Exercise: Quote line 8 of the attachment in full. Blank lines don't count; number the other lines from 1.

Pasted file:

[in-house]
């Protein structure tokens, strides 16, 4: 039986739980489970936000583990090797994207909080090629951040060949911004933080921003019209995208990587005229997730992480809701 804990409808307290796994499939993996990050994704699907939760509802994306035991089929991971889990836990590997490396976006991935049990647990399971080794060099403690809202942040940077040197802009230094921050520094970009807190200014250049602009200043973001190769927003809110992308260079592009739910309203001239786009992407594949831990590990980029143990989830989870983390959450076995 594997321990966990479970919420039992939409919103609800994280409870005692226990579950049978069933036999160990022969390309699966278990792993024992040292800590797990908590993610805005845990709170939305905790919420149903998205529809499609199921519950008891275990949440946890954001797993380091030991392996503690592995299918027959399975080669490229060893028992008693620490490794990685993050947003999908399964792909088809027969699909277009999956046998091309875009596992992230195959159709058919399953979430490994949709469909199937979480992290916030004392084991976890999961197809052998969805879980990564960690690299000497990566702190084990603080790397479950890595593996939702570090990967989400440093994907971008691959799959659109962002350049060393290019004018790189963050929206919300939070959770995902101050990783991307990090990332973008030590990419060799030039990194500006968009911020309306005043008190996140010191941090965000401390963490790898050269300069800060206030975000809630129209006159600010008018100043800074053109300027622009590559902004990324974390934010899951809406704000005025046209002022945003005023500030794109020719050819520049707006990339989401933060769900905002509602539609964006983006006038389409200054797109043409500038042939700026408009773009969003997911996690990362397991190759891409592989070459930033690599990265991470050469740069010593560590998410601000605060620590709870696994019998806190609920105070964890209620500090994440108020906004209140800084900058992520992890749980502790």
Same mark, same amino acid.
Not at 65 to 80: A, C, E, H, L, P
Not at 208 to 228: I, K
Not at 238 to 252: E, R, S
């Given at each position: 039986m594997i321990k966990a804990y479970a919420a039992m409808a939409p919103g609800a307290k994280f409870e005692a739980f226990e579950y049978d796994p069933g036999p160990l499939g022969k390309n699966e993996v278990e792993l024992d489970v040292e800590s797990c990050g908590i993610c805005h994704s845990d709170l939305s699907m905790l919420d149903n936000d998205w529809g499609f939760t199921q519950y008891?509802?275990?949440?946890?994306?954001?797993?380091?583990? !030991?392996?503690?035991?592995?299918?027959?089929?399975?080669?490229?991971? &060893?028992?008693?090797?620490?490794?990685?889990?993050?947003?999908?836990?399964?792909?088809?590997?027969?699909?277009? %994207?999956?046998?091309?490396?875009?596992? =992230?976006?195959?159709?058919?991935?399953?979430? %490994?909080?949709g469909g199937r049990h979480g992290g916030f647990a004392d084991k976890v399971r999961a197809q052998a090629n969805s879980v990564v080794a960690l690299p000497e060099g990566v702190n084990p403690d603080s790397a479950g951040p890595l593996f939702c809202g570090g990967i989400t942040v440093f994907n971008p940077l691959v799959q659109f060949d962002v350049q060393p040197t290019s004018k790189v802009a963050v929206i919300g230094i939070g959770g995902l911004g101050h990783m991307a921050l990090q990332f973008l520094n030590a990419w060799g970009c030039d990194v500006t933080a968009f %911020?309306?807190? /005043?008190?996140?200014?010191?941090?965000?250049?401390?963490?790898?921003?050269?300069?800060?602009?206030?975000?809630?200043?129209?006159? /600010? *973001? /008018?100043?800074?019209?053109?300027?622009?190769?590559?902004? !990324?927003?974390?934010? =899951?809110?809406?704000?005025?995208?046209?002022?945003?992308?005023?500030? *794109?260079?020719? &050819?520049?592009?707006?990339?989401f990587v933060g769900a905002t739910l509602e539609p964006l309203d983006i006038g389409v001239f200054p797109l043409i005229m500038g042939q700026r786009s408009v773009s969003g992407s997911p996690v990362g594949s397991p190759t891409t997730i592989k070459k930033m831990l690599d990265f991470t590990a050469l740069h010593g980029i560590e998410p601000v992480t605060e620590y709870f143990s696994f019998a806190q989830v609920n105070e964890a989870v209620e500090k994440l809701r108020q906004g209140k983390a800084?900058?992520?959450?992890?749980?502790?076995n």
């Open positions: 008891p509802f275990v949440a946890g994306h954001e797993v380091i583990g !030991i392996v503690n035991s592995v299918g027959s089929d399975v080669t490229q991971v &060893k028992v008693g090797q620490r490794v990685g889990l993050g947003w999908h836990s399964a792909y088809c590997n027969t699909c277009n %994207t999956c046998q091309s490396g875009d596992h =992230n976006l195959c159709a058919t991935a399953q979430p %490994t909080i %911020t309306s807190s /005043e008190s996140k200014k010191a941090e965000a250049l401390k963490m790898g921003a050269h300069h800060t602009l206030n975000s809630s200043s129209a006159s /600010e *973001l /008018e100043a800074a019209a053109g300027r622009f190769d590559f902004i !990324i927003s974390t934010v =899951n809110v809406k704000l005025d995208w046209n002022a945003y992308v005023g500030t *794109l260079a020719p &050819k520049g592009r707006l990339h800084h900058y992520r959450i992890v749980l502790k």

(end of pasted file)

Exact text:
């Open positions: 008891p509802f275990v949440a946890g994306h954001e797993v380091i583990g !030991i392996v503690n035991s592995v299918g027959s089929d399975v080669t490229q991971v &060893k028992v008693g090797q620490r490794v990685g889990l993050g947003w999908h836990s399964a792909y088809c590997n027969t699909c277009n %994207t999956c046998q091309s490396g875009d596992h =992230n976006l195959c159709a058919t991935a399953q979430p %490994t909080i %911020t309306s807190s /005043e008190s996140k200014k010191a941090e965000a250049l401390k963490m790898g921003a050269h300069h800060t602009l206030n975000s809630s200043s129209a006159s /600010e *973001l /008018e100043a800074a019209a053109g300027r622009f190769d590559f902004i !990324i927003s974390t934010v =899951n809110v809406k704000l005025d995208w046209n002022a945003y992308v005023g500030t *794109l260079a020719p &050819k520049g592009r707006l990339h800084h900058y992520r959450i992890v749980l502790k």